In Senegal, Karim Wade sees his last hope of participating in the presidential election disappear

This is a final setback for Karim Wade, unsuccessful candidate in the presidential election in Senegal

In Senegal, Karim Wade sees his last hope of participating in the presidential election disappear

This is a final setback for Karim Wade, unsuccessful candidate in the presidential election in Senegal. The appeals filed before the Supreme Court in order to suspend the decrees setting the date of the poll and the duration of the campaign were declared "inadmissible" on Friday March 15 by the judge of the high court. This decision, which was his last chance to compete for the supreme office, definitively puts an end to the hopes of the son of former president Abdoulaye Wade, nominated candidate by the Senegalese Democratic Party (PDS).

At the end of the hearing, around thirty PDS activists expressed their disappointment. “I am angry with the current president, Macky Sall, because he failed Abdoulaye and Karim Wade. Without Karim, there will be no election! », shouts an activist who hoped for a cancellation of the vote and a restart of the electoral process. “We used the law to fight democratically and peacefully,” underlines Lat Dior Diop, member of the PDS.

On Monday, several appeals were filed by Karim Wade and other candidates against the presidential decree summoning voters to the polls on March 24, arguing that the time left for the electoral campaign was twelve days and not twenty-one, as provided for in the Constitution. But the Supreme Court declared itself incompetent in the matter, considering that the Constitutional Court, which validated this date, had “full jurisdiction in electoral matters”.

Since the publication by the Constitutional Council in January of the list of presidential candidates – from which he is excluded – Karim Wade has sought by all means to contest this decision from Qatar, where he has been exiled since 2016. His party initially claimed that some of the judges had been corrupted by Amadou Ba, who was then prime minister and the candidate of Macky Sall's coalition. These accusations led to the creation of a parliamentary commission of inquiry and pushed the president to announce on February 3 the postponement of the vote, plunging the country into an unprecedented political crisis.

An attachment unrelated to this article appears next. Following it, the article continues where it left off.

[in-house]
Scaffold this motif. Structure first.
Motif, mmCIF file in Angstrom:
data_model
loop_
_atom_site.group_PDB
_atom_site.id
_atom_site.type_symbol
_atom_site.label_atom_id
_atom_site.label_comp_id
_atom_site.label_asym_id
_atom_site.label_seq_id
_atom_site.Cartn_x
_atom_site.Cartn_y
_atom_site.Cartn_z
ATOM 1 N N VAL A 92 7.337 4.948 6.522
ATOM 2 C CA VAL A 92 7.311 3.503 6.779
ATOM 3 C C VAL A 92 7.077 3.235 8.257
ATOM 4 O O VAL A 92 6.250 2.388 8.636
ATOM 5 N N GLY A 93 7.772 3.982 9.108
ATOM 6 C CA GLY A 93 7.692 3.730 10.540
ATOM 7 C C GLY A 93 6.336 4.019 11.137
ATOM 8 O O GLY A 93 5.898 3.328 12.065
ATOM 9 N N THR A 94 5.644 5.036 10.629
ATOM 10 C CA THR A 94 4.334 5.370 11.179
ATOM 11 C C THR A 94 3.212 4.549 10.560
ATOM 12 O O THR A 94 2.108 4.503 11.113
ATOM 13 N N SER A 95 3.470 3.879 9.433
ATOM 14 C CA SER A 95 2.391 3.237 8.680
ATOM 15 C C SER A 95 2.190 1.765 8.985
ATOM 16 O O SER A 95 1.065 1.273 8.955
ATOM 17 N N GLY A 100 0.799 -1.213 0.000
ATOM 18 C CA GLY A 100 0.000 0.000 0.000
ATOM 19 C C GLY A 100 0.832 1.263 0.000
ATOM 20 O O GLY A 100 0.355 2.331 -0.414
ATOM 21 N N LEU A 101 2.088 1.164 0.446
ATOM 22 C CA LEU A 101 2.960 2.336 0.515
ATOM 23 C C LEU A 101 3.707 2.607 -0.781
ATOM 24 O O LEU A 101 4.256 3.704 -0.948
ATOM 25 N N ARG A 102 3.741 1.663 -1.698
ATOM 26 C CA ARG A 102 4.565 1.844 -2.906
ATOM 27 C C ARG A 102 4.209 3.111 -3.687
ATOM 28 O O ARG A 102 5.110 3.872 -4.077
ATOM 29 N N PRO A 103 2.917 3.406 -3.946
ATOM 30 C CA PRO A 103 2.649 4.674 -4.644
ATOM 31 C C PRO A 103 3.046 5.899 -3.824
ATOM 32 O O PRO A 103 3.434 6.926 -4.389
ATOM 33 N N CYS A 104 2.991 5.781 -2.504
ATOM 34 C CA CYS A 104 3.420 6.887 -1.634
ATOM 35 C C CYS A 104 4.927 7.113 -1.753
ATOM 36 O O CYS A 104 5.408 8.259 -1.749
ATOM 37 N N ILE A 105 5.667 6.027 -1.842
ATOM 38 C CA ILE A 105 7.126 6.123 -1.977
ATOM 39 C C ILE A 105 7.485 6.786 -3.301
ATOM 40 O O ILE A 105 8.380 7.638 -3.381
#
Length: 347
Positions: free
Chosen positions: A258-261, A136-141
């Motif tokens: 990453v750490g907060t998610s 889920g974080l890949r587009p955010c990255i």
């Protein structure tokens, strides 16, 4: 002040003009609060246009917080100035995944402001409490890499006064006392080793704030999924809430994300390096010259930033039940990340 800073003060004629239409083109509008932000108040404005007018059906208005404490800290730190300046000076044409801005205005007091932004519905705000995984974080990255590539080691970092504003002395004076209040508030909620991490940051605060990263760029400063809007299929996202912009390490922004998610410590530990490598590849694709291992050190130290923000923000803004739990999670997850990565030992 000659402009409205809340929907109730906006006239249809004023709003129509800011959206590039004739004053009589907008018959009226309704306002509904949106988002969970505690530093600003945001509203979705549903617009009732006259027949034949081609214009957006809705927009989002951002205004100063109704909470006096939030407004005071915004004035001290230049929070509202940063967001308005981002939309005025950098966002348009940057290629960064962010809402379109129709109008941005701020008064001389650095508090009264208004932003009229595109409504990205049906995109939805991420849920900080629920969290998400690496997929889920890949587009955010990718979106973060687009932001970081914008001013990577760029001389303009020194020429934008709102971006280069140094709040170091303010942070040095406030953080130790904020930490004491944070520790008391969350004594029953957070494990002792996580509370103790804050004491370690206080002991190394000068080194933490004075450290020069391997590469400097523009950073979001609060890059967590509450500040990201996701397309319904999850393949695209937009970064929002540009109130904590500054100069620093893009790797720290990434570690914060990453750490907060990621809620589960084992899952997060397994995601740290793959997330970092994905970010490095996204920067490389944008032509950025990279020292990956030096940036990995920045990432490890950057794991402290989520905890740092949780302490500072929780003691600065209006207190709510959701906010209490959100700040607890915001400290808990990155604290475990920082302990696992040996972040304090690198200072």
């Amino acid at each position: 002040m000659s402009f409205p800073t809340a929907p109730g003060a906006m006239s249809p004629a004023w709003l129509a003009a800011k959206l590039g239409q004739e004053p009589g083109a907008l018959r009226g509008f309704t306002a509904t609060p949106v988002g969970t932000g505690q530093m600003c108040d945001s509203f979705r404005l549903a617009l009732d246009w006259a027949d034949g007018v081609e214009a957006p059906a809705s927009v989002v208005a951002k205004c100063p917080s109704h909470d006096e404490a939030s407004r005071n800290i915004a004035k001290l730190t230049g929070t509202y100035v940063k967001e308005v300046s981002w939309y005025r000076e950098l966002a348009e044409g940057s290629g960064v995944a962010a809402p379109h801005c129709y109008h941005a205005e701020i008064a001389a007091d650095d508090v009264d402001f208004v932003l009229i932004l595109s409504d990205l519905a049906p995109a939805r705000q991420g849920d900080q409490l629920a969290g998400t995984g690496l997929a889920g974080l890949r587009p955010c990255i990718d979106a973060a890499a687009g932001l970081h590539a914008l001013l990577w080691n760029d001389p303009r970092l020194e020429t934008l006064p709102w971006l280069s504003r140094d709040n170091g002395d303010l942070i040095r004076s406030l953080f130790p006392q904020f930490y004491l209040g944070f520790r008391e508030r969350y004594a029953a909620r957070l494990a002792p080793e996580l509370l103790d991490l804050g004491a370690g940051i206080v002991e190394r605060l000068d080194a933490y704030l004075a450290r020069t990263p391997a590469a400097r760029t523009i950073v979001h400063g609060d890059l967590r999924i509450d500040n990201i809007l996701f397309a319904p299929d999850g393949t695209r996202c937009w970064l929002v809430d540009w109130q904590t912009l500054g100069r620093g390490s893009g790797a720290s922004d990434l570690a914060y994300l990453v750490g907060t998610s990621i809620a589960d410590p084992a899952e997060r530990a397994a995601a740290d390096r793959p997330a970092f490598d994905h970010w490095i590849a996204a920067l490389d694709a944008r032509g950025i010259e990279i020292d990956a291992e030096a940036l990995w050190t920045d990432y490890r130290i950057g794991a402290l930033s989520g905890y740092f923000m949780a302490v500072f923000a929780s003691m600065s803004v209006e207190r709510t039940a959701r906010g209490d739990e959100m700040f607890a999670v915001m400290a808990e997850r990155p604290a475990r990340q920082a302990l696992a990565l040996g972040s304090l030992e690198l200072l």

The question of vote carryover

These developments had nevertheless raised hopes within the PDS, a national dialogue set up urgently having notably recommended a revision of the list of candidates. Alas, the Constitutional Council, in a new decision, demanded that only the 19 people initially chosen could present themselves and ordered the head of state to organize the vote before April 2 – the date of March 24 was then retained .

Nine days before the election, the new attempt to postpone it has therefore failed and nothing seems to be able to prevent the vote from taking place. But the crisis remains acute. On Wednesday, the PDS demanded the “immediate dissolution of the Constitutional Council” and announced that it wanted to take legal action “in order to shed light on these facts” of corruption. “What has always interested us is that this election can take place in a context of stability so that the Senegalese can choose their President of the Republic,” declared Mamadou Diop Decroix, unsuccessful candidate in the presidential election and ally of the PDS.

The question now is to know which of the 19 candidates the votes of PDS supporters will refer to, while the party is one of the heavyweights of the opposition in Senegal, with 27 deputies in the National Assembly.

The political game was recomposed again on Thursday with the release from prison of Ousmane Sonko, the main opponent, and his right-hand man, Bassirou Diomaye Faye, whom he nominated as a presidential candidate. Seen by the ruling camp as formidable rivals, the two men were to hold their first press conference late Friday afternoon, before beginning an express electoral campaign.